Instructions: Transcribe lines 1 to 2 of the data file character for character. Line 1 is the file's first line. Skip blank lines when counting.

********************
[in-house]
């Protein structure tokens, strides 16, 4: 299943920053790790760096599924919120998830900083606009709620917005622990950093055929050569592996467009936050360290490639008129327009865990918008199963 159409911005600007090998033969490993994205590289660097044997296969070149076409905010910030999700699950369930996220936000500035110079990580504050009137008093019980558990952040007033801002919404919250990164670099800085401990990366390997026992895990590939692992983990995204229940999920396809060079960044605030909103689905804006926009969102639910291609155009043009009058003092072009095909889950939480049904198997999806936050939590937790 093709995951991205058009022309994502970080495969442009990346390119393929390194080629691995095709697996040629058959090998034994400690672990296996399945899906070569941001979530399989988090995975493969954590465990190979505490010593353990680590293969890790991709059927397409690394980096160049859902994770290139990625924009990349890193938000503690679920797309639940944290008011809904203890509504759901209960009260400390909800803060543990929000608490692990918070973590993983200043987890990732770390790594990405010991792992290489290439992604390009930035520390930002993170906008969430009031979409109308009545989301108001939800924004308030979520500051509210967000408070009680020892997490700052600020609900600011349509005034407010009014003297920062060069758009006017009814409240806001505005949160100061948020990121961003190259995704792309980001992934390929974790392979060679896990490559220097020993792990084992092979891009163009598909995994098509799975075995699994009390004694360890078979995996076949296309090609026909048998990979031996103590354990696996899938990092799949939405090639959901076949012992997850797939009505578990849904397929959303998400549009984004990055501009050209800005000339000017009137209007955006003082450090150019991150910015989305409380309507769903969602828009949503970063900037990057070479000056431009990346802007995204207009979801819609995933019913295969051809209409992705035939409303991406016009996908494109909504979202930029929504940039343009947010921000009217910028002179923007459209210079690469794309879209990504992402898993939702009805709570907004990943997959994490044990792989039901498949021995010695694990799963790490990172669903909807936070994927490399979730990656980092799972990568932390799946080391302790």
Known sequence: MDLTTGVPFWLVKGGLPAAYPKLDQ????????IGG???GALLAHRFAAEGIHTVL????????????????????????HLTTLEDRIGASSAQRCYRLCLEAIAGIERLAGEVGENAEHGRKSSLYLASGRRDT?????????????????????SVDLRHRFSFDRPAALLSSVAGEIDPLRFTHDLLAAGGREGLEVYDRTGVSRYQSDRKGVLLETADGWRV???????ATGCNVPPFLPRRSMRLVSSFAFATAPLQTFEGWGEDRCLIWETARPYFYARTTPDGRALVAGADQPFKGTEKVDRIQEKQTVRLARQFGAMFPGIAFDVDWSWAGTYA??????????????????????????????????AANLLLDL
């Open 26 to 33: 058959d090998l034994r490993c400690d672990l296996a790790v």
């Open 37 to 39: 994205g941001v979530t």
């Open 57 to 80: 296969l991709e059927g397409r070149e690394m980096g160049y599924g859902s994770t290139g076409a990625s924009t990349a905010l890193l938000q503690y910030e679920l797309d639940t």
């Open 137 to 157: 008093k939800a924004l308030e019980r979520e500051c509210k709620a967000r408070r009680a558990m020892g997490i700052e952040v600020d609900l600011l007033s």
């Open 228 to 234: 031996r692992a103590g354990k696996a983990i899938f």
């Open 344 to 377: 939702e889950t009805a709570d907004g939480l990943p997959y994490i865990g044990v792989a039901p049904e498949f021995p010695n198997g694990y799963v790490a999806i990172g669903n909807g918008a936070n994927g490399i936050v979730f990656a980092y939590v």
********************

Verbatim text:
[in-house]
């Protein structure tokens, strides 16, 4: 299943920053790790760096599924919120998830900083606009709620917005622990950093055929050569592996467009936050360290490639008129327009865990918008199963 159409911005600007090998033969490993994205590289660097044997296969070149076409905010910030999700699950369930996220936000500035110079990580504050009137008093019980558990952040007033801002919404919250990164670099800085401990990366390997026992895990590939692992983990995204229940999920396809060079960044605030909103689905804006926009969102639910291609155009043009009058003092072009095909889950939480049904198997999806936050939590937790 093709995951991205058009022309994502970080495969442009990346390119393929390194080629691995095709697996040629058959090998034994400690672990296996399945899906070569941001979530399989988090995975493969954590465990190979505490010593353990680590293969890790991709059927397409690394980096160049859902994770290139990625924009990349890193938000503690679920797309639940944290008011809904203890509504759901209960009260400390909800803060543990929000608490692990918070973590993983200043987890990732770390790594990405010991792992290489290439992604390009930035520390930002993170906008969430009031979409109308009545989301108001939800924004308030979520500051509210967000408070009680020892997490700052600020609900600011349509005034407010009014003297920062060069758009006017009814409240806001505005949160100061948020990121961003190259995704792309980001992934390929974790392979060679896990490559220097020993792990084992092979891009163009598909995994098509799975075995699994009390004694360890078979995996076949296309090609026909048998990979031996103590354990696996899938990092799949939405090639959901076949012992997850797939009505578990849904397929959303998400549009984004990055501009050209800005000339000017009137209007955006003082450090150019991150910015989305409380309507769903969602828009949503970063900037990057070479000056431009990346802007995204207009979801819609995933019913295969051809209409992705035939409303991406016009996908494109909504979202930029929504940039343009947010921000009217910028002179923007459209210079690469794309879209990504992402898993939702009805709570907004990943997959994490044990792989039901498949021995010695694990799963790490990172669903909807936070994927490399979730990656980092799972990568932390799946080391302790």